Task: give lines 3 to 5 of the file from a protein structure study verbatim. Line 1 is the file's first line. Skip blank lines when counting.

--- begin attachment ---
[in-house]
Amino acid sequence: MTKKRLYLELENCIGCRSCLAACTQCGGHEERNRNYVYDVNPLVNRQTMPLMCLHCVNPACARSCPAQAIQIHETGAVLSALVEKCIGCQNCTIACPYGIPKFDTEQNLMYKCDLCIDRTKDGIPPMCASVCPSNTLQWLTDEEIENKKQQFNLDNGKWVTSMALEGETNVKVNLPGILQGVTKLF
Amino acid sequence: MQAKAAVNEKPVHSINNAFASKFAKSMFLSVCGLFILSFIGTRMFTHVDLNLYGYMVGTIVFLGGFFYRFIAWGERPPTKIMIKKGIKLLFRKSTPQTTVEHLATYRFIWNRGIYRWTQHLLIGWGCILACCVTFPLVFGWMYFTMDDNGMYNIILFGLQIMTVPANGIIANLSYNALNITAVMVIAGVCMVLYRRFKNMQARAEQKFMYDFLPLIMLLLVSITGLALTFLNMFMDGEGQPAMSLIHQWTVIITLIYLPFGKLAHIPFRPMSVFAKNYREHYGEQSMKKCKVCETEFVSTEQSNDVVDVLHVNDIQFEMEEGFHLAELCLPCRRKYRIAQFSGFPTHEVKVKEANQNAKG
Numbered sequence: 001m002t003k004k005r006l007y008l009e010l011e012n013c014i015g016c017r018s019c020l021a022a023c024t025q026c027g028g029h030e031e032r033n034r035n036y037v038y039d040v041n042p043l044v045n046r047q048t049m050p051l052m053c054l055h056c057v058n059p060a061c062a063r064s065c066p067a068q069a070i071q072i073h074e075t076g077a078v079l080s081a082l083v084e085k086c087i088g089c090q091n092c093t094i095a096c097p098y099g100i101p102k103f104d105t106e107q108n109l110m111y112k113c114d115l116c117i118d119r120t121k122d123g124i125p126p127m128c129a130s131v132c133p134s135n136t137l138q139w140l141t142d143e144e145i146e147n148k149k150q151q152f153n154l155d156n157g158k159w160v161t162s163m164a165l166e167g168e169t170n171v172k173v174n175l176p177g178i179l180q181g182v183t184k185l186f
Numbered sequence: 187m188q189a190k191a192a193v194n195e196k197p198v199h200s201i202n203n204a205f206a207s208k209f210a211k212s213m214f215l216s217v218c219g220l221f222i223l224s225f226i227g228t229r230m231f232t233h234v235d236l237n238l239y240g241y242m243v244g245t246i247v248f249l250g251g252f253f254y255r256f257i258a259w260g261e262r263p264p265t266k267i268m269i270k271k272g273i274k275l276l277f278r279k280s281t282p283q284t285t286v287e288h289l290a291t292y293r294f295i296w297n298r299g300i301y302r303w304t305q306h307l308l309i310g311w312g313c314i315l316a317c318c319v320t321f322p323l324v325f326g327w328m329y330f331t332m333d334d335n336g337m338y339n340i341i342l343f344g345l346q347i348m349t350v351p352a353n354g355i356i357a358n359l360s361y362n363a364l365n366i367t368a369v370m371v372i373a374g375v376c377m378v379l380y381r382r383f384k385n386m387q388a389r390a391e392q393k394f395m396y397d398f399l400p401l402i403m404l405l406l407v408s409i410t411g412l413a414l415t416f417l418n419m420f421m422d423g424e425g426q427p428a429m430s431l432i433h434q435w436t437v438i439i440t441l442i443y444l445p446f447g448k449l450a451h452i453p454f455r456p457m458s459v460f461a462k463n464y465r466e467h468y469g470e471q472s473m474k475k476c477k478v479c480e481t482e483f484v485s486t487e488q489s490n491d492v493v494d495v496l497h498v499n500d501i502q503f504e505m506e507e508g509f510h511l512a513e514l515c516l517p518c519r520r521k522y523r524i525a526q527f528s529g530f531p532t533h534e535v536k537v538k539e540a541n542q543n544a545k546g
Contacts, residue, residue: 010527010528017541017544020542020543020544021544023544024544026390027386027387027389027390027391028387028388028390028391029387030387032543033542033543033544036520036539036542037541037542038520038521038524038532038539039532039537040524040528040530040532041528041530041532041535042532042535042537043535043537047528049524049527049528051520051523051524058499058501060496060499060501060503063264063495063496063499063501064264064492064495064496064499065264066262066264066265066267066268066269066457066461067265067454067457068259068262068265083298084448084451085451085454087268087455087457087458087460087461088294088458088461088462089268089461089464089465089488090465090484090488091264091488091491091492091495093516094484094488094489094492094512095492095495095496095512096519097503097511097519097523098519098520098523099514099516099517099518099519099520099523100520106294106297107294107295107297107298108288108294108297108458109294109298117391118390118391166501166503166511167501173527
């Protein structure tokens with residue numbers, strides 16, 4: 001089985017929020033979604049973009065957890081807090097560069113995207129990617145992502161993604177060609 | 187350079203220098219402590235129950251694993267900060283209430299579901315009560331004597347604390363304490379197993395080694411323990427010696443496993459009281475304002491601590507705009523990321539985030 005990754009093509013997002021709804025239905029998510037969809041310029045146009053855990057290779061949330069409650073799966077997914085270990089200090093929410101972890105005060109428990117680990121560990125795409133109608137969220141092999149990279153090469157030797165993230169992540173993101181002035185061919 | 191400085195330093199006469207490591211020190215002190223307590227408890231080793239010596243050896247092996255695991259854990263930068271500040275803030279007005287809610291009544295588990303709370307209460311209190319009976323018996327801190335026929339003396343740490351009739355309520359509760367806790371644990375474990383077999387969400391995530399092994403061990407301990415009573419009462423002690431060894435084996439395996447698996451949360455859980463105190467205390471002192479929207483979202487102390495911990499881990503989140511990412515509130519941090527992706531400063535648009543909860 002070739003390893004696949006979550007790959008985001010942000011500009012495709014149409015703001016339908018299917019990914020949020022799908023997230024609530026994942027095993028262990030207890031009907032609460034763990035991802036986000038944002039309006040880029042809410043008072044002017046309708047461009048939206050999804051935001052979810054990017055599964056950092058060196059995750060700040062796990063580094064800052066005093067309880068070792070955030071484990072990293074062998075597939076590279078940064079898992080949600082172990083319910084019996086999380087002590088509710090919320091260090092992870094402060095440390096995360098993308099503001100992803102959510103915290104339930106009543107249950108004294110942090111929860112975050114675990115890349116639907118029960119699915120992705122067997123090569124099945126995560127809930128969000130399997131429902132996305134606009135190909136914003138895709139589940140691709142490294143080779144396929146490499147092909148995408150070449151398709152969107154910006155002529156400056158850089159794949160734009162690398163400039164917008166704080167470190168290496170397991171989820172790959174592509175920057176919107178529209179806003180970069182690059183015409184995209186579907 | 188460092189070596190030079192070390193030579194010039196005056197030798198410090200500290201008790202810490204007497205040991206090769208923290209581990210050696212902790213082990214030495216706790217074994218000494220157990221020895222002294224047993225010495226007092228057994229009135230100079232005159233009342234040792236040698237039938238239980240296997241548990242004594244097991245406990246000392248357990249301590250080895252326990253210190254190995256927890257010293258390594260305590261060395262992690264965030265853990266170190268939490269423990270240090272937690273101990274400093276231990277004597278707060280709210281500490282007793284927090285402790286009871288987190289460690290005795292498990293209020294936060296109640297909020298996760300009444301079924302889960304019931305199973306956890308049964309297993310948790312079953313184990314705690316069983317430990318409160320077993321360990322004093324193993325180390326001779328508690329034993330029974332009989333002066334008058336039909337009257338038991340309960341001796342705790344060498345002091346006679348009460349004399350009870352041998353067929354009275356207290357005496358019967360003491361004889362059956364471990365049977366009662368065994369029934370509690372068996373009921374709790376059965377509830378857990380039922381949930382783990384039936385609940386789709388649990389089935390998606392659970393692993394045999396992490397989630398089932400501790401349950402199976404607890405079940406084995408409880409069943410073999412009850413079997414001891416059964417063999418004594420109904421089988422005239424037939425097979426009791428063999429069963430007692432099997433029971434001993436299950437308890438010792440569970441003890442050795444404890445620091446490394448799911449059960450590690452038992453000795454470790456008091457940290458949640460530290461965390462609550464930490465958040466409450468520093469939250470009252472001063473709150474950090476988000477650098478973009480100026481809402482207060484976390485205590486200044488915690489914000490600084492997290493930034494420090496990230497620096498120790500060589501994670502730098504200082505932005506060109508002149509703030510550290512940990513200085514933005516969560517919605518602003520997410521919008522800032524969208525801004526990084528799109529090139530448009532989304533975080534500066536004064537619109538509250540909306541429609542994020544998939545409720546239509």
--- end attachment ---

Amino acid sequence: MQAKAAVNEKPVHSINNAFASKFAKSMFLSVCGLFILSFIGTRMFTHVDLNLYGYMVGTIVFLGGFFYRFIAWGERPPTKIMIKKGIKLLFRKSTPQTTVEHLATYRFIWNRGIYRWTQHLLIGWGCILACCVTFPLVFGWMYFTMDDNGMYNIILFGLQIMTVPANGIIANLSYNALNITAVMVIAGVCMVLYRRFKNMQARAEQKFMYDFLPLIMLLLVSITGLALTFLNMFMDGEGQPAMSLIHQWTVIITLIYLPFGKLAHIPFRPMSVFAKNYREHYGEQSMKKCKVCETEFVSTEQSNDVVDVLHVNDIQFEMEEGFHLAELCLPCRRKYRIAQFSGFPTHEVKVKEANQNAKG
Numbered sequence: 001m002t003k004k005r006l007y008l009e010l011e012n013c014i015g016c017r018s019c020l021a022a023c024t025q026c027g028g029h030e031e032r033n034r035n036y037v038y039d040v041n042p043l044v045n046r047q048t049m050p051l052m053c054l055h056c057v058n059p060a061c062a063r064s065c066p067a068q069a070i071q072i073h074e075t076g077a078v079l080s081a082l083v084e085k086c087i088g089c090q091n092c093t094i095a096c097p098y099g100i101p102k103f104d105t106e107q108n109l110m111y112k113c114d115l116c117i118d119r120t121k122d123g124i125p126p127m128c129a130s131v132c133p134s135n136t137l138q139w140l141t142d143e144e145i146e147n148k149k150q151q152f153n154l155d156n157g158k159w160v161t162s163m164a165l166e167g168e169t170n171v172k173v174n175l176p177g178i179l180q181g182v183t184k185l186f
Numbered sequence: 187m188q189a190k191a192a193v194n195e196k197p198v199h200s201i202n203n204a205f206a207s208k209f210a211k212s213m214f215l216s217v218c219g220l221f222i223l224s225f226i227g228t229r230m231f232t233h234v235d236l237n238l239y240g241y242m243v244g245t246i247v248f249l250g251g252f253f254y255r256f257i258a259w260g261e262r263p264p265t266k267i268m269i270k271k272g273i274k275l276l277f278r279k280s281t282p283q284t285t286v287e288h289l290a291t292y293r294f295i296w297n298r299g300i301y302r303w304t305q306h307l308l309i310g311w312g313c314i315l316a317c318c319v320t321f322p323l324v325f326g327w328m329y330f331t332m333d334d335n336g337m338y339n340i341i342l343f344g345l346q347i348m349t350v351p352a353n354g355i356i357a358n359l360s361y362n363a364l365n366i367t368a369v370m371v372i373a374g375v376c377m378v379l380y381r382r383f384k385n386m387q388a389r390a391e392q393k394f395m396y397d398f399l400p401l402i403m404l405l406l407v408s409i410t411g412l413a414l415t416f417l418n419m420f421m422d423g424e425g426q427p428a429m430s431l432i433h434q435w436t437v438i439i440t441l442i443y444l445p446f447g448k449l450a451h452i453p454f455r456p457m458s459v460f461a462k463n464y465r466e467h468y469g470e471q472s473m474k475k476c477k478v479c480e481t482e483f484v485s486t487e488q489s490n491d492v493v494d495v496l497h498v499n500d501i502q503f504e505m506e507e508g509f510h511l512a513e514l515c516l517p518c519r520r521k522y523r524i525a526q527f528s529g530f531p532t533h534e535v536k537v538k539e540a541n542q543n544a545k546g